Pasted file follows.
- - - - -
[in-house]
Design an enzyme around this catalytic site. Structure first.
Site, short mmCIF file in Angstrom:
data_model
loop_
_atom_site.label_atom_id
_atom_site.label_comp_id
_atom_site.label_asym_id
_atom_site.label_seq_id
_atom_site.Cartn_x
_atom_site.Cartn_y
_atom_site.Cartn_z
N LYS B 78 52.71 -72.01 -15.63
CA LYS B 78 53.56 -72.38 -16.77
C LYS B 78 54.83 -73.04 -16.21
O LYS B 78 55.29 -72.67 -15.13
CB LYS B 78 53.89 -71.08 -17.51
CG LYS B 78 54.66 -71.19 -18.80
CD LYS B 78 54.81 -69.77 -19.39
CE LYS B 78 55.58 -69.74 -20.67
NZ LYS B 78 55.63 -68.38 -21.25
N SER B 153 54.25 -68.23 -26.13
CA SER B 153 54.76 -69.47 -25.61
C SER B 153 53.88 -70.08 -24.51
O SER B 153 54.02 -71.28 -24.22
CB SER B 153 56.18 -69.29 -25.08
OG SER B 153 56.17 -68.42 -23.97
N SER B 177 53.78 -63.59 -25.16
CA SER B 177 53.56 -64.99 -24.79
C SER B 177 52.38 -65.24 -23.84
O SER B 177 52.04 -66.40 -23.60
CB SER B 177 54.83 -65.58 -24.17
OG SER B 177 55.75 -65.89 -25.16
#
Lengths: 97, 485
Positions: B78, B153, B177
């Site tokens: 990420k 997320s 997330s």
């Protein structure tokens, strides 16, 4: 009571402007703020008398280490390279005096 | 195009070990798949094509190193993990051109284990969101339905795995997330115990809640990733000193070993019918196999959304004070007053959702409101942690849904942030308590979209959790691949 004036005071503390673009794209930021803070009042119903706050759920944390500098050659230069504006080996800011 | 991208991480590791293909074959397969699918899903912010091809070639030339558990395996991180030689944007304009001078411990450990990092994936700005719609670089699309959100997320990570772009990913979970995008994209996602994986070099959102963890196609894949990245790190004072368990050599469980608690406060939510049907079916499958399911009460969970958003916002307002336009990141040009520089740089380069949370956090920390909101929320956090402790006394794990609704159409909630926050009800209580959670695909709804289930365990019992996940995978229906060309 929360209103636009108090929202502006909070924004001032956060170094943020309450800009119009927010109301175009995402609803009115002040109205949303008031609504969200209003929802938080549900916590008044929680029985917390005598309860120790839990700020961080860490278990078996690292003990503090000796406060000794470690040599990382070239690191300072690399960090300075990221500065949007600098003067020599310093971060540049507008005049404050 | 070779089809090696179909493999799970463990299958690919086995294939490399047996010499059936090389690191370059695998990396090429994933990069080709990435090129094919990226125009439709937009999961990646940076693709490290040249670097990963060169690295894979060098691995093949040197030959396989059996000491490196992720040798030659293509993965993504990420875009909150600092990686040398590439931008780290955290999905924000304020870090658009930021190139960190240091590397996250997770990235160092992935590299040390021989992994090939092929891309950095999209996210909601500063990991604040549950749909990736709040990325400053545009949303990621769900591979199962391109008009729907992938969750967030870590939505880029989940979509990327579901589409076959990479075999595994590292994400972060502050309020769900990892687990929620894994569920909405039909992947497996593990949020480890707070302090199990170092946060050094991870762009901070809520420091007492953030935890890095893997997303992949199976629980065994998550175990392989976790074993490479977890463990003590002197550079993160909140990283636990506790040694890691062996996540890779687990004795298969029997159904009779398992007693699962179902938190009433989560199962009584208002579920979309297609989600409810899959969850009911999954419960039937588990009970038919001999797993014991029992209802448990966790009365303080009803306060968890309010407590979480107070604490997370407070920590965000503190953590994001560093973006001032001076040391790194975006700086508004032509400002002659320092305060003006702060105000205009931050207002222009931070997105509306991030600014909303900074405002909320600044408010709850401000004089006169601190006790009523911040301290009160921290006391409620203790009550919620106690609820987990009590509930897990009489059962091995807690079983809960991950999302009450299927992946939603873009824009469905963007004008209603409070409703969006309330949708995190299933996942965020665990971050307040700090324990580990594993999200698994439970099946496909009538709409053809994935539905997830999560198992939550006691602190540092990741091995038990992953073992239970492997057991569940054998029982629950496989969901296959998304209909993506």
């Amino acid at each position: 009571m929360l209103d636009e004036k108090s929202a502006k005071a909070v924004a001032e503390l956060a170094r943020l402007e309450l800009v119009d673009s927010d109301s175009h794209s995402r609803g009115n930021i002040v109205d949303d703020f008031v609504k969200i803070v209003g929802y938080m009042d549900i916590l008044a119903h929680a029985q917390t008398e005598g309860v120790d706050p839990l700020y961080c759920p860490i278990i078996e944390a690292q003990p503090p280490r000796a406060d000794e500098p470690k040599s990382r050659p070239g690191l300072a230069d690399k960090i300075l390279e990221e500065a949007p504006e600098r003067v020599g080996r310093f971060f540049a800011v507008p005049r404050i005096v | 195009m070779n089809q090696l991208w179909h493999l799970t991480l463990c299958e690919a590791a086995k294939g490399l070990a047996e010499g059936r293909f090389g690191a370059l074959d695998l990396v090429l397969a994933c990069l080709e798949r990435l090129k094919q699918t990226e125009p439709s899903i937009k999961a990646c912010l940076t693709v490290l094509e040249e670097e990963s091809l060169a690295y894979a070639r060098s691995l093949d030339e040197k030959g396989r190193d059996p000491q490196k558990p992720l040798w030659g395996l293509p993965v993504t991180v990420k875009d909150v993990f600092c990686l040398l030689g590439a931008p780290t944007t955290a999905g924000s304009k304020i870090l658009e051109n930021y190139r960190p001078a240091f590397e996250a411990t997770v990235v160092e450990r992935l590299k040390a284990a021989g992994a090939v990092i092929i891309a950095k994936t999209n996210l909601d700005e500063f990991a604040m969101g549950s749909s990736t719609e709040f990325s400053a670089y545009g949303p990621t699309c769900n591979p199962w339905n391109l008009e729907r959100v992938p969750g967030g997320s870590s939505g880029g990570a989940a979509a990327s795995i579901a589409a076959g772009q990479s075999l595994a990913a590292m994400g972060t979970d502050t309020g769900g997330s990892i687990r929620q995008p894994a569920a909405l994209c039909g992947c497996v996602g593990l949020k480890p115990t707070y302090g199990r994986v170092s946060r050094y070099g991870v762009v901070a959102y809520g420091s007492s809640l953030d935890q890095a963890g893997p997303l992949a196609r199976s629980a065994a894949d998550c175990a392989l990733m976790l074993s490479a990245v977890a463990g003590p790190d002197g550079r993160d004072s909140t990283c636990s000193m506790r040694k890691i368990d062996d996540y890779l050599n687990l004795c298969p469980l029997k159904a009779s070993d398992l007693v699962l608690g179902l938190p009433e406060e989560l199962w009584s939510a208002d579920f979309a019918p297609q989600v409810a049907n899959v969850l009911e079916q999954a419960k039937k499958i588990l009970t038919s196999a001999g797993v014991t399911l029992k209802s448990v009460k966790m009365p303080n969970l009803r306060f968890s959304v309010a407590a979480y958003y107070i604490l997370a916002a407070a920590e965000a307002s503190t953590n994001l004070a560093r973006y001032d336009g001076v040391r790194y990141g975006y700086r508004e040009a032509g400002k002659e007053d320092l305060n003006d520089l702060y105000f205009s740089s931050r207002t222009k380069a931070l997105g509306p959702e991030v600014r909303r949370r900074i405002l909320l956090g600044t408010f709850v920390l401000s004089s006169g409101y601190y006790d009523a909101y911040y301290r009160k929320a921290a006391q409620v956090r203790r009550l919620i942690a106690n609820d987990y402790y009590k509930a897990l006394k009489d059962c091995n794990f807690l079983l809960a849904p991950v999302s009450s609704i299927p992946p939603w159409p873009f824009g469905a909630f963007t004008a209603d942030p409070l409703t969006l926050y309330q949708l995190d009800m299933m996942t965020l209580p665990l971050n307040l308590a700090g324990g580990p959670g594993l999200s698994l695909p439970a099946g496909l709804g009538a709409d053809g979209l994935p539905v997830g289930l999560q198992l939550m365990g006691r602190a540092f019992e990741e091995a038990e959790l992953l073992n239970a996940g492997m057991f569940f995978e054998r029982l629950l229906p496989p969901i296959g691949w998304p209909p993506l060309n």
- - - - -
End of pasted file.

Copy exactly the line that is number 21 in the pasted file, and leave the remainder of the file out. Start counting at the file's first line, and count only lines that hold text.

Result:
NZ LYS B 78 55.63 -68.38 -21.25